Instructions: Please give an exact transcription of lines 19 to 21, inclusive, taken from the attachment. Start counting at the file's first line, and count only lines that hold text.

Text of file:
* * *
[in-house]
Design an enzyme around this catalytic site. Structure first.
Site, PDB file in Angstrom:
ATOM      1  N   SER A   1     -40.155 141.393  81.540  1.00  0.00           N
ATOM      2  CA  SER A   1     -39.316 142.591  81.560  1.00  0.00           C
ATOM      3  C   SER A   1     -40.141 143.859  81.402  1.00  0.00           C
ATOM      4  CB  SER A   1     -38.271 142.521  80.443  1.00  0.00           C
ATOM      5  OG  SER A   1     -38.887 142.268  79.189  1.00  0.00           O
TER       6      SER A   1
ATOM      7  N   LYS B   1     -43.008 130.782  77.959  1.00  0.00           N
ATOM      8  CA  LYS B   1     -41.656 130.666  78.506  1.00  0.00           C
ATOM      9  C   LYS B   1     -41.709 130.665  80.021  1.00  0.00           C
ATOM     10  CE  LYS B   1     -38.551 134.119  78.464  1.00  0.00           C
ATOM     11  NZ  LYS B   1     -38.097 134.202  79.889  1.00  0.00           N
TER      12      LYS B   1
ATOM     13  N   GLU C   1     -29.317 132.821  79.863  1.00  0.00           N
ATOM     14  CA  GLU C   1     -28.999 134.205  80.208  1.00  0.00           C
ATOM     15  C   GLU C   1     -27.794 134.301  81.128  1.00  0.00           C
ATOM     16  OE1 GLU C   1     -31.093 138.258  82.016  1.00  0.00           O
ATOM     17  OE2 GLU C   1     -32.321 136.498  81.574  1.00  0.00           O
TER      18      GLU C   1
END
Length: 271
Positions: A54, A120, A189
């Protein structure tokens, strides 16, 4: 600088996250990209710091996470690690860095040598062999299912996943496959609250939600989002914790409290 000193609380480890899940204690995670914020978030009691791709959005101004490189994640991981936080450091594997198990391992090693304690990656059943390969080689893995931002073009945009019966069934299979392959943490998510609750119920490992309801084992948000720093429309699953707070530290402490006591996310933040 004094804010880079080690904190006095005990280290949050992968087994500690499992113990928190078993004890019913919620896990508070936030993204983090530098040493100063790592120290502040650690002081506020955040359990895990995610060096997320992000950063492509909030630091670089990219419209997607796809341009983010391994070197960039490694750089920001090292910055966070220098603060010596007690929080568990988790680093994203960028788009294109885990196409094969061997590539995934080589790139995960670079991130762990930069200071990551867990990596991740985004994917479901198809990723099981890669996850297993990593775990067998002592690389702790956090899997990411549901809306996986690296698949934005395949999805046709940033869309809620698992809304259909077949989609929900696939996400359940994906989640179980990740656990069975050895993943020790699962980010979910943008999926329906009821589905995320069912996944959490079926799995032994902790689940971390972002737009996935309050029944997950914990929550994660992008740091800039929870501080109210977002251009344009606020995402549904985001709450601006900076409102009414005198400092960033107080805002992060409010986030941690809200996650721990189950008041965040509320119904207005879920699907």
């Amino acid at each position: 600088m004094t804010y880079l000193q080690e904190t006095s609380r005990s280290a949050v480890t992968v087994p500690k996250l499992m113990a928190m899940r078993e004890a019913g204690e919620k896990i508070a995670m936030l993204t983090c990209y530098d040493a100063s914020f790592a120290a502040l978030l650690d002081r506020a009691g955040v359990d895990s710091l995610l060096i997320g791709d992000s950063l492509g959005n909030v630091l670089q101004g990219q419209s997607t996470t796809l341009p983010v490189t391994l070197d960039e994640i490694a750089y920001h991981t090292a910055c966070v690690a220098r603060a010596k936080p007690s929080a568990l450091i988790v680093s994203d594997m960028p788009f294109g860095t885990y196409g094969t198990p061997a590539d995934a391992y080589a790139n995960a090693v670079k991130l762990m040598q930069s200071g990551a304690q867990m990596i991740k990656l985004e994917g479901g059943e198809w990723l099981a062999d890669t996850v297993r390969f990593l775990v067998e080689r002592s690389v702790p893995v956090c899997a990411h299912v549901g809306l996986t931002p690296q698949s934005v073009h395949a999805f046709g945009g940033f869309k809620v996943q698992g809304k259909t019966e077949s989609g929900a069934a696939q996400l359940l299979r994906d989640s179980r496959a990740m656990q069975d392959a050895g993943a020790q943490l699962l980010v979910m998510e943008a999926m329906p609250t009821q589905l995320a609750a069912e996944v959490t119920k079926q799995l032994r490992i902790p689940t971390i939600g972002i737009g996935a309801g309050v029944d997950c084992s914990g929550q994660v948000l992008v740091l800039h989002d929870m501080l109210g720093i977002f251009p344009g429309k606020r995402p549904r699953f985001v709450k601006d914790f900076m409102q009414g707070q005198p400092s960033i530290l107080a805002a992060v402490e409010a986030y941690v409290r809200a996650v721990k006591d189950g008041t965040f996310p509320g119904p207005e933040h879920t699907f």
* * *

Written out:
ATOM     16  OE1 GLU C   1     -31.093 138.258  82.016  1.00  0.00           O
ATOM     17  OE2 GLU C   1     -32.321 136.498  81.574  1.00  0.00           O
TER      18      GLU C   1